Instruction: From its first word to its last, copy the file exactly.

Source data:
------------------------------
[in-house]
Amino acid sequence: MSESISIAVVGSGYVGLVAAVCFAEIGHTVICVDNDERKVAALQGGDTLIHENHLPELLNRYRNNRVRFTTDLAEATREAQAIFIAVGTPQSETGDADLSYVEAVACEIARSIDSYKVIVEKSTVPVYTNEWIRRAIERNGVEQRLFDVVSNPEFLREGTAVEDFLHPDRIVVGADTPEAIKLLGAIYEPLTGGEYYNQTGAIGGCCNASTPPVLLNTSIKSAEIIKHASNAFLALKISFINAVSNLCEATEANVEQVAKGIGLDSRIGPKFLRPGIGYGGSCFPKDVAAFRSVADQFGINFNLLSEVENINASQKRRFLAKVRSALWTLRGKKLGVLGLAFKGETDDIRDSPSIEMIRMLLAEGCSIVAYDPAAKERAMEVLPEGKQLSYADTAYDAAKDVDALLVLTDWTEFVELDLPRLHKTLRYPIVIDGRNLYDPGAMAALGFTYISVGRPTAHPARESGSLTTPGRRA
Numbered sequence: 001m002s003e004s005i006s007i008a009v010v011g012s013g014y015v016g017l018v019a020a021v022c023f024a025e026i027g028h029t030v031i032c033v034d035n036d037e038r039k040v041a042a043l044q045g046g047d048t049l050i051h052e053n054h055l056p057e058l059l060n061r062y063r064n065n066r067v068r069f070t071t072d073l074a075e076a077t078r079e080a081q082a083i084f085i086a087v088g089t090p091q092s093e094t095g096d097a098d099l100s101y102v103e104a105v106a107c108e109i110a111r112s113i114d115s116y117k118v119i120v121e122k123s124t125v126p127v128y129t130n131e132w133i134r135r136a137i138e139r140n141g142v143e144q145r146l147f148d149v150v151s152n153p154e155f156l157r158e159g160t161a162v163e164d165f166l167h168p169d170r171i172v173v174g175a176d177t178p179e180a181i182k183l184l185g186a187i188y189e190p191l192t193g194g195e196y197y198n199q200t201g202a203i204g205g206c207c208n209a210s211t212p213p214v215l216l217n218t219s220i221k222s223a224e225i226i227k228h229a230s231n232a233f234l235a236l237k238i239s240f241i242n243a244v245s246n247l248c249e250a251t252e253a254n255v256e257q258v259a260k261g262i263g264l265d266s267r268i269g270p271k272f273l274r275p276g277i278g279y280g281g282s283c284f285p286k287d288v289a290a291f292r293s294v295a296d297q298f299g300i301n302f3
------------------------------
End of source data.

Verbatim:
[in-house]
Amino acid sequence: MSESISIAVVGSGYVGLVAAVCFAEIGHTVICVDNDERKVAALQGGDTLIHENHLPELLNRYRNNRVRFTTDLAEATREAQAIFIAVGTPQSETGDADLSYVEAVACEIARSIDSYKVIVEKSTVPVYTNEWIRRAIERNGVEQRLFDVVSNPEFLREGTAVEDFLHPDRIVVGADTPEAIKLLGAIYEPLTGGEYYNQTGAIGGCCNASTPPVLLNTSIKSAEIIKHASNAFLALKISFINAVSNLCEATEANVEQVAKGIGLDSRIGPKFLRPGIGYGGSCFPKDVAAFRSVADQFGINFNLLSEVENINASQKRRFLAKVRSALWTLRGKKLGVLGLAFKGETDDIRDSPSIEMIRMLLAEGCSIVAYDPAAKERAMEVLPEGKQLSYADTAYDAAKDVDALLVLTDWTEFVELDLPRLHKTLRYPIVIDGRNLYDPGAMAALGFTYISVGRPTAHPARESGSLTTPGRRA
Numbered sequence: 001m002s003e004s005i006s007i008a009v010v011g012s013g014y015v016g017l018v019a020a021v022c023f024a025e026i027g028h029t030v031i032c033v034d035n036d037e038r039k040v041a042a043l044q045g046g047d048t049l050i051h052e053n054h055l056p057e058l059l060n061r062y063r064n065n066r067v068r069f070t071t072d073l074a075e076a077t078r079e080a081q082a083i084f085i086a087v088g089t090p091q092s093e094t095g096d097a098d099l100s101y102v103e104a105v106a107c108e109i110a111r112s113i114d115s116y117k118v119i120v121e122k123s124t125v126p127v128y129t130n131e132w133i134r135r136a137i138e139r140n141g142v143e144q145r146l147f148d149v150v151s152n153p154e155f156l157r158e159g160t161a162v163e164d165f166l167h168p169d170r171i172v173v174g175a176d177t178p179e180a181i182k183l184l185g186a187i188y189e190p191l192t193g194g195e196y197y198n199q200t201g202a203i204g205g206c207c208n209a210s211t212p213p214v215l216l217n218t219s220i221k222s223a224e225i226i227k228h229a230s231n232a233f234l235a236l237k238i239s240f241i242n243a244v245s246n247l248c249e250a251t252e253a254n255v256e257q258v259a260k261g262i263g264l265d266s267r268i269g270p271k272f273l274r275p276g277i278g279y280g281g282s283c284f285p286k287d288v289a290a291f292r293s294v295a296d297q298f299g300i301n302f3